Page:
Investors might still trust Byton, a Chinese electric vehicle startup that has a valuation of $4 billion. But one of its founders might have lost faith.
Carsten Breitfeld, a former BMW veteran who co-founded Byton in 2016, is leaving the company, German Manager Magazine reported last week (link in German, paywall). Byton denied the report at the time. Yet today, at the Shanghai Auto show, Breitfeld said he joined another car company (link in Chinese), a little-known Chinese startup Iconiq.
The change comes shortly after a leadership reshuffle of Byton when Breitfeld handed over the CEO title to co-founder Daniel Kitchener, leaving Breitfeld as chairman.
Byton, based in China’s eastern city Nanjing, is still looking to deliver any car to the market despite having demonstrated their models twice at the Las Vegas Consumer Electronics Show since 2018. The company announced it would roll out its first mass production model closer to mid-2019 and would start production by the end of this year. That would put Byton under huge pressure, as it faced increasing competitions from other EV makers while China’s government is yanking away the industry’s safety—the country cut its average subsidies for electric vehicles nearly in half this year compared to last year, while its total auto market has been plunging for the 10th straight month. It’s the first such slowdown since 1990.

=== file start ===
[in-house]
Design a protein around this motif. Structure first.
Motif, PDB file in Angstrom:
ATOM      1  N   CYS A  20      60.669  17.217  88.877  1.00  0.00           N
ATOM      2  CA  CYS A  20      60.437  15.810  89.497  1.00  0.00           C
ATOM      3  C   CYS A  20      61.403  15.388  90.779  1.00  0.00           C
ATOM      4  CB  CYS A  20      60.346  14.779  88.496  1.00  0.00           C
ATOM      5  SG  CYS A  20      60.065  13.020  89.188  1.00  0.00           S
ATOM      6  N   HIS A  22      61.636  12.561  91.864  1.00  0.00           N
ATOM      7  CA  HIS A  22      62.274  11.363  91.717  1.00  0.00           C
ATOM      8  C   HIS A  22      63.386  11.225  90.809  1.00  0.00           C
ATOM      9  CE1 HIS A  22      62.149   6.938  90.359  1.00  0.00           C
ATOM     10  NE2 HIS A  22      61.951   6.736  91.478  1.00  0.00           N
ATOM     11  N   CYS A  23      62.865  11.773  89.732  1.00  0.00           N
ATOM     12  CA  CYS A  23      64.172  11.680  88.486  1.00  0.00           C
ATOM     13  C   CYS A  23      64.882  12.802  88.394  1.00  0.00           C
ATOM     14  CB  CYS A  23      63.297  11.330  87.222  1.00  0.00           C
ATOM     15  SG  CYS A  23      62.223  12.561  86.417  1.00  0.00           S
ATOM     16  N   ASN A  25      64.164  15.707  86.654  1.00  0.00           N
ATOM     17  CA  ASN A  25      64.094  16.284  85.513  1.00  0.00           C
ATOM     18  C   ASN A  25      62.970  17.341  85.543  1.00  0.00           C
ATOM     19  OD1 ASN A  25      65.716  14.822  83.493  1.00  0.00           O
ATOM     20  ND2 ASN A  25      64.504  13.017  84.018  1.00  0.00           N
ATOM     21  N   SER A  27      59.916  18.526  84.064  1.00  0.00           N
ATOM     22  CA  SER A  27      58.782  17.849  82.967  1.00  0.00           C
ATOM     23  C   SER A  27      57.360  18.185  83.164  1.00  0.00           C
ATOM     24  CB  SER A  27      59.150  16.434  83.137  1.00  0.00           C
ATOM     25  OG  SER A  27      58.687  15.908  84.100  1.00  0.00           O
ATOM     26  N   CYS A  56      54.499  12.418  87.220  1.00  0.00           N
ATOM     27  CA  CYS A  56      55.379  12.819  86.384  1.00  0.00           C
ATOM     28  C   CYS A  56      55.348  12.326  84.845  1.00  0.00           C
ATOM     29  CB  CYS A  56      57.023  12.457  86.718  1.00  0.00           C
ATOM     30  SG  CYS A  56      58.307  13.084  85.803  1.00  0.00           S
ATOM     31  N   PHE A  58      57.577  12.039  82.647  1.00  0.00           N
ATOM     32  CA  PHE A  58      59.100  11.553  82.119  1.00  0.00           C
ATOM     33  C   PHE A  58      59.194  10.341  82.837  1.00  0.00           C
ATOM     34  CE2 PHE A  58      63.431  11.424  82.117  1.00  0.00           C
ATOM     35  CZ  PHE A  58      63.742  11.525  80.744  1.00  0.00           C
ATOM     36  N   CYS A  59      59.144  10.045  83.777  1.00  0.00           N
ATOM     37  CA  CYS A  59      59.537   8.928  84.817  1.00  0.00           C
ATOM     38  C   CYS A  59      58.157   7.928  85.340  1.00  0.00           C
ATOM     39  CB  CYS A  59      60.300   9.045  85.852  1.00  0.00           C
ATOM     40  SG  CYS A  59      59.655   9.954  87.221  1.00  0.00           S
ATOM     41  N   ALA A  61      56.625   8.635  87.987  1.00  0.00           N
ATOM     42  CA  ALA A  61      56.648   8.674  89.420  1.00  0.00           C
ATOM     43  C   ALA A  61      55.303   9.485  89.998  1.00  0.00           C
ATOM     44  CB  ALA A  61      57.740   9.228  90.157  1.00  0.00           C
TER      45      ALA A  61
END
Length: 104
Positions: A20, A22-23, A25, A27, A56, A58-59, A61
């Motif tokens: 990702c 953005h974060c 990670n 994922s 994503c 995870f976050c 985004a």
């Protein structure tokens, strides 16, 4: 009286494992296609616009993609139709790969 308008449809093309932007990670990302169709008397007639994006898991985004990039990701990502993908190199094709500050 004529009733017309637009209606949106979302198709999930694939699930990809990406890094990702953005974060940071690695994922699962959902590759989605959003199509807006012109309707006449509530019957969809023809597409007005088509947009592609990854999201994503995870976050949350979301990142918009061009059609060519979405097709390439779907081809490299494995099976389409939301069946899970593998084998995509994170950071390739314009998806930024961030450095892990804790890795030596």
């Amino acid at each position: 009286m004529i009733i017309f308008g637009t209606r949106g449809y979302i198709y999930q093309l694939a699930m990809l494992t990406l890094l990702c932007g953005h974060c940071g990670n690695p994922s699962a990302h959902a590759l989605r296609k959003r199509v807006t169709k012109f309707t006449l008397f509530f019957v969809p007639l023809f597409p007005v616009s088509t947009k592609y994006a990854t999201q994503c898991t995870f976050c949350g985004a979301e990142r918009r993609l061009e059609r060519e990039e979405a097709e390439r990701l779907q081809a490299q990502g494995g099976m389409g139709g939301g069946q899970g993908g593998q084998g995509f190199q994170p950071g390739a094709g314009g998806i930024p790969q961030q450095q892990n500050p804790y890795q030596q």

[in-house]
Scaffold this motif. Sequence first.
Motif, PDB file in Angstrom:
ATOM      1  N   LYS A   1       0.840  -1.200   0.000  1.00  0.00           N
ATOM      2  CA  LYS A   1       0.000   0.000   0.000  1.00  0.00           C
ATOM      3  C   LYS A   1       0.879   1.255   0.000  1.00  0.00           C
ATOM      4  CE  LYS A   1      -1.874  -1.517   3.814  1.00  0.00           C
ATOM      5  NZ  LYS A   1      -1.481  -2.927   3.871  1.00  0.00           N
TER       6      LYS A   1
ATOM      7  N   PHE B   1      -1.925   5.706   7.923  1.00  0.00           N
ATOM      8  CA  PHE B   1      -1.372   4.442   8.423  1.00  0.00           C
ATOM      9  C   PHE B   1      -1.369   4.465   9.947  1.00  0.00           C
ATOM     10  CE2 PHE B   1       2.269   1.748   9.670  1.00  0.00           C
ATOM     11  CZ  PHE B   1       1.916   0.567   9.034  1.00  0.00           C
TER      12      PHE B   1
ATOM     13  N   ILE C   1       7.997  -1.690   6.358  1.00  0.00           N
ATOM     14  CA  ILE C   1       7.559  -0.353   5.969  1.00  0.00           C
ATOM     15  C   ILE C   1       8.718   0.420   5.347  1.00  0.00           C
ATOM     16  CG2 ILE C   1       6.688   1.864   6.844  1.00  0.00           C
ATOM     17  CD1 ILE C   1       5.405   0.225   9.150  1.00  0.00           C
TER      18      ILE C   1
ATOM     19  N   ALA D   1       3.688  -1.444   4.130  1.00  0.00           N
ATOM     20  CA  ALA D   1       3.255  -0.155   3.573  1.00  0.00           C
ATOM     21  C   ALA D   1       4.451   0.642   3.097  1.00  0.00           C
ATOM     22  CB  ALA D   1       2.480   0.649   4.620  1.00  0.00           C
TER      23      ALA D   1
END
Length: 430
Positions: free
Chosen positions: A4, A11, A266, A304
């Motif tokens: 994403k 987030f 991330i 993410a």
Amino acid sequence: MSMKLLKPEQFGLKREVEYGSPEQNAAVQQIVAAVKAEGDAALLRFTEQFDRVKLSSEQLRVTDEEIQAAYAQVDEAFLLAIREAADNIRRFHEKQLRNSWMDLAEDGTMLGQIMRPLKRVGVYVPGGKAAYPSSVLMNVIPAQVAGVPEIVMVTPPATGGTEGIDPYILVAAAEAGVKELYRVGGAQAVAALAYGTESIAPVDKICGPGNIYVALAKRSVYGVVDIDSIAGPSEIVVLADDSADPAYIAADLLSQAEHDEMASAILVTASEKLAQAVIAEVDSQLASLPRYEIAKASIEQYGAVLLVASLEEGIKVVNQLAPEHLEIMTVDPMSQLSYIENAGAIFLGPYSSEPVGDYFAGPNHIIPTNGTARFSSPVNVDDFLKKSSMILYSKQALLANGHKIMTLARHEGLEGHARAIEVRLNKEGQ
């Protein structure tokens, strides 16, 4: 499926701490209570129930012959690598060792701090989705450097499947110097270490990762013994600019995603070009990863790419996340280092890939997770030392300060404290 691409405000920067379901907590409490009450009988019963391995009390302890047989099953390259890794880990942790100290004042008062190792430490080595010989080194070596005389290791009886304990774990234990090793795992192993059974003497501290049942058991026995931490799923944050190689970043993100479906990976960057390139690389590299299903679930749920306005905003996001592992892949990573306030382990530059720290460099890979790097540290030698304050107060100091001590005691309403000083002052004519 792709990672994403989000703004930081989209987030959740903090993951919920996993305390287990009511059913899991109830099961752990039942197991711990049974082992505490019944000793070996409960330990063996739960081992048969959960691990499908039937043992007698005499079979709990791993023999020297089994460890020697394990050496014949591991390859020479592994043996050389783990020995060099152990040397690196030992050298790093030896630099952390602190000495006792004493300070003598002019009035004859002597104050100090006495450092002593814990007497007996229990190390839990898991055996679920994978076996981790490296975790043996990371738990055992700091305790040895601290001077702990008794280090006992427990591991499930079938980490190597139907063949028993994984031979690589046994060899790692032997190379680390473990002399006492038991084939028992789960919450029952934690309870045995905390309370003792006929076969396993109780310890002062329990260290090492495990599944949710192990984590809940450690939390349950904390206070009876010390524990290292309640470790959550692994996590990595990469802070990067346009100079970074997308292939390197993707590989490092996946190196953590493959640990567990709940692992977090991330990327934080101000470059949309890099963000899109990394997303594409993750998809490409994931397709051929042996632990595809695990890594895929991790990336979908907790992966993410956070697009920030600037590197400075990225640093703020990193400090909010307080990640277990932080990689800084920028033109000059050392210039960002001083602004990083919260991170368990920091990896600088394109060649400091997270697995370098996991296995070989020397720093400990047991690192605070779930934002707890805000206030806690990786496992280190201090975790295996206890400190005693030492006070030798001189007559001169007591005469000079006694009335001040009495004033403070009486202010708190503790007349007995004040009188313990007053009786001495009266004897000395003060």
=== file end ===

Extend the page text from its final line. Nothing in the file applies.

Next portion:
Byton didn’t immediately respond to requests for comment. In a statement, it told Cheyun, a Chinese auto blog, the company’s board had in January decided to terminate (link in Chinese) Breitfeld’s role as the company’s CEO but didn’t say what happened to the chairman title.
“We are deeply sorry that Dr. Breitfeld is with another company now … We will ensure to achieve mass production of high-quality M-Byte, the first pure electric SUV within this year, the adjustment will bring more positive influence to the company’s management structure. It will help further stable developments for the company in the next stage,” read the statement.
The company also said it’s hoping to raise another $500 million through an investing round.
Breitfeld said at the auto show (link in Chinese) that he and the three-year-old, Tianjin-based, Iconiq have a “shared dream, vision, and a clear strategy… it’s the passion of pursuing the dream that makes me want to join Iconiq. I have faith in leading the team to realize that.”